In 2012, their target was Tavon Wilson. In 2013, the player of choice was Duron Harmon. Now, in 2015, they picked up an unheralded safety prospect in Stanford's Jordan Richards.
Draft pundits were appalled. In their minds, the Patriots squandered a valuable second-round pick on a relative unknown. They weren't the only ones who were taken by surprise. ESPN.com's Mike Reiss pointed out that the selection "raised some eyebrows in some NFL scouting circles, in part because Richards was viewed by those clubs as a late-round consideration."
Patriots head coach Bill Belichick doesn't really care what scouts think, though. He proves it every time he carries out the aforementioned tradition.
"He’s really smart," Belichick said after a practice in June. "We gave him some information to work on while he was away. He's obviously studied it and worked hard at it. For a guy who wasn’t here, he had a pretty good idea of what we were doing."
In reality, though, the selection of Richards should come as no surprise to those who know how the Patriots select their players. Richards is the perfect Patriots prospect not because he dazzled at the collegiate level, but because he has the mental makeup to succeed at the professional level.
His Stanford teammates regarded him as "Coach Richards," not only because his dad was a coach, but also because he was like a coach on the field, helping everyone get lined up and with checks at the line of scrimmage.
That being said, it seems unlikely that Richards will wow New Englanders on the field as a rookie. Richards faces an uphill battle for playing time, competing with Harmon and Patrick Chung for snaps at strong safety. He also has a limited skill set, fitting in as a run-defending safety due to a lack of athleticism and long speed. But how have other second-round safeties fared in their first year?
Sometimes, the best way to get a glimpse into the future is to look into the past. There weren't that many safeties drafted in the second round from 2011 through 2014—five, to be exact—but we've compiled a list of them all in order to help give us a better understanding of what to expect from a rookie safety.
|2nd-round rookie safeties since 2011|
Each of these five safeties had a chance to start at least two games as rookies. Rahim Moore (Denver Broncos) started seven games, while D.J. Swearinger (Houston Texans) and Jonathan Cyprien (Jacksonville Jaguars) each earned at least 10 starts in their rookie seasons.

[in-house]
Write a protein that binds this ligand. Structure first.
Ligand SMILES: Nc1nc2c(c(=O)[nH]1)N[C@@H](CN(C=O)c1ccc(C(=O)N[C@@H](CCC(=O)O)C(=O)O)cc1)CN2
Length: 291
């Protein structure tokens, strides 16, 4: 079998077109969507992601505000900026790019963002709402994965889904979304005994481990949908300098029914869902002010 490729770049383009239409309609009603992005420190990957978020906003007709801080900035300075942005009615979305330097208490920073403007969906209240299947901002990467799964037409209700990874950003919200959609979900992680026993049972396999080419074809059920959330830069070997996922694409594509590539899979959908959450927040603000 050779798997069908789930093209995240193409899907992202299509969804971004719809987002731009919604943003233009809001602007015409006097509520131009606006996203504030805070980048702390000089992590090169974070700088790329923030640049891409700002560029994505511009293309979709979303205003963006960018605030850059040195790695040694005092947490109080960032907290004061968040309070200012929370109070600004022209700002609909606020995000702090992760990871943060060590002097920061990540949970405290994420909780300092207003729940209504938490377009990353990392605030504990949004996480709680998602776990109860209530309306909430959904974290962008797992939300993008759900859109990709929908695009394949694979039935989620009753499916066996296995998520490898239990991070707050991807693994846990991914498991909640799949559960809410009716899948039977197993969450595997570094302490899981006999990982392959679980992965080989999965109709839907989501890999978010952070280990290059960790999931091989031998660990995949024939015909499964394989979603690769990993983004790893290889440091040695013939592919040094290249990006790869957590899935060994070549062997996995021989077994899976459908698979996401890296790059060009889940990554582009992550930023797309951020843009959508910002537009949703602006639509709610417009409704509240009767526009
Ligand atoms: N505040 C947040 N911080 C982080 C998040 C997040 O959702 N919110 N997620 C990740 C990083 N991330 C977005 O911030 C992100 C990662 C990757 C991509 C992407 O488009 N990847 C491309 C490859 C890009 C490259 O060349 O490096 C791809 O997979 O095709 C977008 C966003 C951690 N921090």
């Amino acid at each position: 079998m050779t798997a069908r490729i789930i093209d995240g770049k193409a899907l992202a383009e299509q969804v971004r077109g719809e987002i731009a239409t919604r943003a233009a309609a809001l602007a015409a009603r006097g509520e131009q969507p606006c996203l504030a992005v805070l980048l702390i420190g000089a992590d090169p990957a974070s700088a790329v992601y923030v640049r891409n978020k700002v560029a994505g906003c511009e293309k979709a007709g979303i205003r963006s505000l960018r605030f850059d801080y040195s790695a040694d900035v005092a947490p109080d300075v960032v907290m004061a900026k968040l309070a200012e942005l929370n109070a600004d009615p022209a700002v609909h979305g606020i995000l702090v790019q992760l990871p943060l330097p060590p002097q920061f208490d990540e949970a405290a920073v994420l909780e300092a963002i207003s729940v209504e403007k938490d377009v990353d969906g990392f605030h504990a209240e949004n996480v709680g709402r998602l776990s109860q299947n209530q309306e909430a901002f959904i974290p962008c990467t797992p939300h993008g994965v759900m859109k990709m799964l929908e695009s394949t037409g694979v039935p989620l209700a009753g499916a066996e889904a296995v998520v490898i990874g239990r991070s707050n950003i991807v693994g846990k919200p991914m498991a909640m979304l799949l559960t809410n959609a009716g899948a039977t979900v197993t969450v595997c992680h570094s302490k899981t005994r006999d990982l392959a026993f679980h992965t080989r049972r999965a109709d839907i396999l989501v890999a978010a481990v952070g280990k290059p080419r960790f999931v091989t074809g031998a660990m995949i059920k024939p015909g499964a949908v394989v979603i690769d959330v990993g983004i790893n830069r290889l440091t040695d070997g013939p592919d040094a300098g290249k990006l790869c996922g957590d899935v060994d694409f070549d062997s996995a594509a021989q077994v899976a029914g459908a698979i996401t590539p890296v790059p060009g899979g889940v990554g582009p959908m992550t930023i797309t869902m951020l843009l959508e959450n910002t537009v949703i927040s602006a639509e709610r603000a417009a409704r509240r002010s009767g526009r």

The gaudy tackle numbers posted by Swearinger and Cyprien could be indicative of two things: both men were regarded as hard-hitting in-the-box safeties and sure tacklers coming out of college, but also, each player's team ranked in the bottom 10 in the NFL in run defense when they were rookies.
Thus, the high volume of tackles for those two players could be seen as both a positive (for them individually) and negative (as a reflection on the team).
Richards may not get as many opportunities to make tackles. He'll be competing for snaps with established players, and the Patriots' run defense ranked ninth in the league last year. However, he'll be ready when the opportunity comes. He has a reputation as a hard-hitting in-the-box style safety, and as highlighted by NFL.com's Lance Zierlein, that may be his best bet to contribute in his rookie season. He wrote:
"A limited, run-support safety whose coverage issues could be an issue for NFL teams looking for diverse safety play. He's a willing tackler who plays with range in run support, but Richards' lack of instincts and ability to stick receivers in space could limit his NFL opportunities."
Even with all those aforementioned examples, though, there are perhaps no better players to follow than the ones on the Patriots roster. We've seen Belichick make quick use of safeties in the past.
In 2012, Tavon Wilson started four games and played a combined 500 snaps (39.3 percent) on defense, according to Pro Football Focus. In 2013, Harmon (a third-round pick) played 433 snaps (38.9 percent) on defense, while Wilson's snap count shot down to 19.
Richards' skill set most closely resembles Chung's and Wilson's, whereas Harmon's forte is in pass coverage. Thus, while Chung may be the in-the-box safety of the present, Richards could be headed for that role in the long term.
As a rookie, though, the expectations should be kept fairly low. Richards' main contributions will probably be on special teams, and unless there's an injury or someone's performance goes in the toilet, we wouldn't expect more than 20 tackles and maybe a sack and an interception in his first year.
Unless otherwise noted, all quotes obtained via team news release.